Monday, November 30, 2015

[BoRT: November 2015] Respawn, Repent


Four purple blurs, four lives, four Xbox 360s linked over a fiery hellscape. This is the final level of the Halo Trilogy, this is the Vidmaster Challenge: “Annual” —one of the most unforgiving experiences in gaming history.

I completed it six or seven years ago though I can’t say I’ve saved the memory with any particular accuracy. I recall slogging our way to the foot of a snowy pyramid, only to slog our way to the top of that same pyramid, only to drive across grueling kilometers of cinematic explosions. On its own, the final level, simply titled “Halo,” sought to conclude the series with a cyclical return to the circular superstructure. The developers at Bungie released “The Vidmaster Challenges” almost a year after Halo 3 as a way to revive the campaign experience with additional challenges and connect the series to Halo: ODST’s prequel campaign. Ultimately, after earning all seven Vidmaster achievements split between both Halo 3 and Halo: ODST, the player could gain access to the Recon Armor in Halo 3’s online multiplayer. The Vidmaster Challenges were notoriously cruel since several of them required playing through a campaign level with three other players and with the Iron Skull turned on. Whenever a single player died, the Iron Skull automatically returned all players to the last checkpoint. Suddenly, what should have been a sci-fi romp turned into a stop-and-go nightmare requiring more restarts than a cheap wireless modem.

The Vidmaster Challenge deserves attention as a case study because the mechanics did not get more difficult yet the game became more “unforgiving,” due to the Iron Skull. According to this model, save systems represent how a game forgives players for their mistakes and determine the stakes of investing time and energy into a game. For example: arcade games and perma-death rogue-likes deny the player any respite from failure; the slightest misstep, miscalculation,or poorly-timed jump sends the player back to the title screen. A Bethesda or Bioware RPG takes an opposite approach to the problem of preservation. These games provide almost endless access to save files so players can safeguard themselves against a slew of possible accidents and bad dice rolls. Under the aegis of a comprehensive save system, players can feel confident that minor errors will not disrupt their long-term participation with the narrative. The ability to save progress does not make these games any less difficult— many challenging games offer robust save systems— it just means that these games emphasize long-term reward by diminishing the damage from individual mistakes. In other words, the forgiveness built in a save system is directly proportional to the amount of personal investment designers intend the player to have with a single play session of the game.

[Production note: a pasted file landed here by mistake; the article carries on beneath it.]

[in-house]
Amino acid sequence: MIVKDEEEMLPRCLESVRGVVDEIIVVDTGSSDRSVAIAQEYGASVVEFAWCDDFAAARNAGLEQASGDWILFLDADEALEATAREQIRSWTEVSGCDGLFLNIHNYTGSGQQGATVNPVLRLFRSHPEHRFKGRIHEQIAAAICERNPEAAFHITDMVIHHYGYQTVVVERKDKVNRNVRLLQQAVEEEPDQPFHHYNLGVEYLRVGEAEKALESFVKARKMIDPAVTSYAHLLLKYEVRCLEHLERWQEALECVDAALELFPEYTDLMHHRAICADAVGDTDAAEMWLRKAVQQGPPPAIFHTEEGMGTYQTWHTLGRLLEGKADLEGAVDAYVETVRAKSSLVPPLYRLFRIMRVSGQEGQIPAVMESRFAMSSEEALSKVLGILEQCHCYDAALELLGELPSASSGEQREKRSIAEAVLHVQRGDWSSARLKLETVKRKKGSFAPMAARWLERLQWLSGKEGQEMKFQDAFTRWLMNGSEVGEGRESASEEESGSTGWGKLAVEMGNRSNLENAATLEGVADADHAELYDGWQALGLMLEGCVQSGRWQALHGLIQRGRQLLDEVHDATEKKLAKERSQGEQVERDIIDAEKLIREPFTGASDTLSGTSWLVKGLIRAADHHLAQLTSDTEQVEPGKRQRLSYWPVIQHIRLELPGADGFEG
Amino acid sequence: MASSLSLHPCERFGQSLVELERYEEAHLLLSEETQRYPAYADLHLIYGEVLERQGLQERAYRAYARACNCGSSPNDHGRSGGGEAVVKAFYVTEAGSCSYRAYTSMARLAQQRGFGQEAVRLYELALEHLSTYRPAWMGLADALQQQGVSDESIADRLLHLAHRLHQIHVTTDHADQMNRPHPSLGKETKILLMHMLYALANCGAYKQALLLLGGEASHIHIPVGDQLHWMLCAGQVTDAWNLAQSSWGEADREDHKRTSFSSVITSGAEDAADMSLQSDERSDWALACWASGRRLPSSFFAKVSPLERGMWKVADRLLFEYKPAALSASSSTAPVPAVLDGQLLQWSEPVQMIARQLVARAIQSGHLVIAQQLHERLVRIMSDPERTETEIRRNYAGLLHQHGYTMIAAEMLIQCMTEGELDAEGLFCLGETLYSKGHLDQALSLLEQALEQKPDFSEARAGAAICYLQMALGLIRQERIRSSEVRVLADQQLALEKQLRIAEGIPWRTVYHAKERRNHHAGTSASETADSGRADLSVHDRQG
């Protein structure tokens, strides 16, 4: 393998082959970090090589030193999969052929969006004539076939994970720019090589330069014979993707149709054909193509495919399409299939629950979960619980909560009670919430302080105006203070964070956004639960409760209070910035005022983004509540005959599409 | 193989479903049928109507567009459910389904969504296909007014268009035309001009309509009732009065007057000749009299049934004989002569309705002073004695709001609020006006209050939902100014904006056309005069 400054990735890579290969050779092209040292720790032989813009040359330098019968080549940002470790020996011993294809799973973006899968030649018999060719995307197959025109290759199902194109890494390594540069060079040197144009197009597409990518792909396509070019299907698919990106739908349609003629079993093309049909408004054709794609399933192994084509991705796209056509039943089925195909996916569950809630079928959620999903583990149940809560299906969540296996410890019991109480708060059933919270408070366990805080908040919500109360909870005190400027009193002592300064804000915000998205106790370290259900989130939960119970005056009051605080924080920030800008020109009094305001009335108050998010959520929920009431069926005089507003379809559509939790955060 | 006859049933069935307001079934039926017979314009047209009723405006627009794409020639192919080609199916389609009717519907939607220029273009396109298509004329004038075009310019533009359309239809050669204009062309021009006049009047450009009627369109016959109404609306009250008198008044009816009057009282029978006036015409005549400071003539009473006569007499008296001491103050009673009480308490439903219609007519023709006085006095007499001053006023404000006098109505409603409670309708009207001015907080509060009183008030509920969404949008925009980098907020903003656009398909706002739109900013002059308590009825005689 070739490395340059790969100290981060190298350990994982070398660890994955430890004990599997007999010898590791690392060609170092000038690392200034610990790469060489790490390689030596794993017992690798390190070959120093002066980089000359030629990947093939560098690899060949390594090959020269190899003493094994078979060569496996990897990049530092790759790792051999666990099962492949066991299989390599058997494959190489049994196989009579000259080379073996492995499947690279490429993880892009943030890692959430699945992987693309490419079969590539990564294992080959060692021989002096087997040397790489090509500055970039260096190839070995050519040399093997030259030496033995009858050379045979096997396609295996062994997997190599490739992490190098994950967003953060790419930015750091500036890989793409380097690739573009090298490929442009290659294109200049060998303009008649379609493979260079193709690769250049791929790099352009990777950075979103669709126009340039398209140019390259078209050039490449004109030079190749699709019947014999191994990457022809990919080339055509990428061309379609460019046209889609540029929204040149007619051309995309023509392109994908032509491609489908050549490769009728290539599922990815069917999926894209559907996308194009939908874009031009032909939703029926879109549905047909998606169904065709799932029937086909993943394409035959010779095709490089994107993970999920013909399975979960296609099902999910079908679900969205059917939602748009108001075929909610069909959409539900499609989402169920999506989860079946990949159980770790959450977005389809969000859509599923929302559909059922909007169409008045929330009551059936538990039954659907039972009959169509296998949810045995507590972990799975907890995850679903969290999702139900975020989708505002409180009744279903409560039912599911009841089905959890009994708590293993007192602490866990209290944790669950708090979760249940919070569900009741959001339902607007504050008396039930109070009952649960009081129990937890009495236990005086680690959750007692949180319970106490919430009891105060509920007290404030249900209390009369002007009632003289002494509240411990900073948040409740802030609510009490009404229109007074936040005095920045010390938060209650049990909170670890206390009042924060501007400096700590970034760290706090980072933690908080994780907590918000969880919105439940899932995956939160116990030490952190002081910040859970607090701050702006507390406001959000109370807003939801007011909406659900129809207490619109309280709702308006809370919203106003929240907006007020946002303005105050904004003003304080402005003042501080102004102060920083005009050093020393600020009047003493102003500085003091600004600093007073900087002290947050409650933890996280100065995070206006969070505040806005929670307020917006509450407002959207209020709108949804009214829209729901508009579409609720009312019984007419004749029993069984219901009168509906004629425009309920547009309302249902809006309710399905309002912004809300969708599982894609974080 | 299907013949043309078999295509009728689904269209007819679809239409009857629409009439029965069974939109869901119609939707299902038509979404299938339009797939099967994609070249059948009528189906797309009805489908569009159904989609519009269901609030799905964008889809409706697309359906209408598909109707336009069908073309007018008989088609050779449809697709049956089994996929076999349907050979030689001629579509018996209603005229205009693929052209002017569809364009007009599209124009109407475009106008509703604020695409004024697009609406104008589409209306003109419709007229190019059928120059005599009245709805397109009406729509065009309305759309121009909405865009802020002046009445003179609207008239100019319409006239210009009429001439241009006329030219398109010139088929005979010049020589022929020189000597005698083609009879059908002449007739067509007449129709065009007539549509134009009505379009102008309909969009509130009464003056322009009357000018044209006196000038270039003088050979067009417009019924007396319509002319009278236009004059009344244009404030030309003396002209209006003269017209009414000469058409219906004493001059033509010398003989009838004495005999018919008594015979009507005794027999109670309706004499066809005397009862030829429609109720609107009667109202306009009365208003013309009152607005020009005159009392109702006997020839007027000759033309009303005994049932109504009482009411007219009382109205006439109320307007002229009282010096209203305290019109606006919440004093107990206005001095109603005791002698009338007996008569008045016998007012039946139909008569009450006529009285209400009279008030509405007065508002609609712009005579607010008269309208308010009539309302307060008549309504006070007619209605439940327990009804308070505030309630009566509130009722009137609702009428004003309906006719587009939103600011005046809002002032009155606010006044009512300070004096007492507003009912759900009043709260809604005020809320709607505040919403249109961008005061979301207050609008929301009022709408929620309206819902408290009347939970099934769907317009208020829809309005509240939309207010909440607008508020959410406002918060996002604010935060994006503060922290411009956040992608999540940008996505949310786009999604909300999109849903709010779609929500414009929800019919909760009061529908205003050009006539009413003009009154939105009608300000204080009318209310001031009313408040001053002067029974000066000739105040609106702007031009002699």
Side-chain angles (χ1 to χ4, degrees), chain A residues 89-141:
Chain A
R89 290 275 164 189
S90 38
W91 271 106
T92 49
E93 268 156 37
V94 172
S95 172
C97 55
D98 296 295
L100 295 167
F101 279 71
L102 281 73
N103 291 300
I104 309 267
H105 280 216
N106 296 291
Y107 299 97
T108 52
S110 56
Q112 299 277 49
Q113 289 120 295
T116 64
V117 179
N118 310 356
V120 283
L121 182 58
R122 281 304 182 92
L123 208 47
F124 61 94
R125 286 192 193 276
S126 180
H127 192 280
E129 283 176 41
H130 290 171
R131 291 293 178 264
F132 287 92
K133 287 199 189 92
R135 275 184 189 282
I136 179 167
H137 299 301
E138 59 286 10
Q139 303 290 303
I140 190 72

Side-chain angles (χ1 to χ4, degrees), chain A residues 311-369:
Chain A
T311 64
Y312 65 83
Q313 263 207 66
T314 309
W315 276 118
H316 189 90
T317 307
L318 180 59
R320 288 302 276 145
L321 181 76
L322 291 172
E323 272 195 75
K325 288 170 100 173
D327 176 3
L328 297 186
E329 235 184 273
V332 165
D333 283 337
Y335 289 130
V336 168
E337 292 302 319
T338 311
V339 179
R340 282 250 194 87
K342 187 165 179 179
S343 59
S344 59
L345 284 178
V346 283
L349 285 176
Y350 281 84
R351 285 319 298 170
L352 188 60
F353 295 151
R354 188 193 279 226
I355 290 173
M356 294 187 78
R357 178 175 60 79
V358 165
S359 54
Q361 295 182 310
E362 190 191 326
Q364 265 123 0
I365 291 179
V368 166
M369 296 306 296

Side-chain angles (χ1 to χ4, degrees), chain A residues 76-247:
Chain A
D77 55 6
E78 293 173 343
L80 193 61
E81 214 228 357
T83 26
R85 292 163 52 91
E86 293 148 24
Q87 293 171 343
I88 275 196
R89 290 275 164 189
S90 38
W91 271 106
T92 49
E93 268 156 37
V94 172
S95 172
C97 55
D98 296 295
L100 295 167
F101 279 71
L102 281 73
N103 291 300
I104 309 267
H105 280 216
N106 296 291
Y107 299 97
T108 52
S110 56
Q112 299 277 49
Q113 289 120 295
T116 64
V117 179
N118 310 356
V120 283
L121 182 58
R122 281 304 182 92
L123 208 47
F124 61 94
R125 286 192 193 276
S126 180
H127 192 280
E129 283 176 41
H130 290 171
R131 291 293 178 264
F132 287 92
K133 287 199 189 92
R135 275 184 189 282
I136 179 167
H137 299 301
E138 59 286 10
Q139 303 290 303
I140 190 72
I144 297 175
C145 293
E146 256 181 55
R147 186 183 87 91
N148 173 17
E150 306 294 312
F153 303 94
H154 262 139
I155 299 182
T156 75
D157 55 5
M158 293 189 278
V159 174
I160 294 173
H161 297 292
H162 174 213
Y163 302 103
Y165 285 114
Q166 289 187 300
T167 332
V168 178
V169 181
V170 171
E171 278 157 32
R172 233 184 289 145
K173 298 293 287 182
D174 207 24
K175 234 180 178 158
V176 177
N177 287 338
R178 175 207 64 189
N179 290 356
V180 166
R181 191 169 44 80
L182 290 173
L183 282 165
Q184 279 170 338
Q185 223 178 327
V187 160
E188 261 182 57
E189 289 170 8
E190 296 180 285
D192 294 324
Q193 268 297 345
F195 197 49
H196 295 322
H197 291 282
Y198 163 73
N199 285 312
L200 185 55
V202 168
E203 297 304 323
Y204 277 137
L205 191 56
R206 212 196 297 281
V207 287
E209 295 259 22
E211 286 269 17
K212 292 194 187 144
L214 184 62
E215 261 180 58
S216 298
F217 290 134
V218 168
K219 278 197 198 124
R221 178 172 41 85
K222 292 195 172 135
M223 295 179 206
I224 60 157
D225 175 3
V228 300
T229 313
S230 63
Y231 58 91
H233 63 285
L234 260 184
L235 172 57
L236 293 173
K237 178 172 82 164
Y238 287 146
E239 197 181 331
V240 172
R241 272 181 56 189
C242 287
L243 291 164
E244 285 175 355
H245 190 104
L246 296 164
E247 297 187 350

Halo 3’s save system fell in the middle of the two extreme modes. On one hand, the “30 seconds of fun” dictated in Bungie’s design mantra depended on the ephemeral adrenaline of arcade shooters. Failure to understand the rules of these short-lived bullet mayhems punished the player with death. On the other hand, the designers also wished to present a narrative that (however cliché) justified the cost of the game and brought meaning to the random alien encounters. Death provided tension for each individual firefight but to in order to prevent narrative arrest (and too many Spartan corpses) the game could never be allowed to lose its narrative momentum.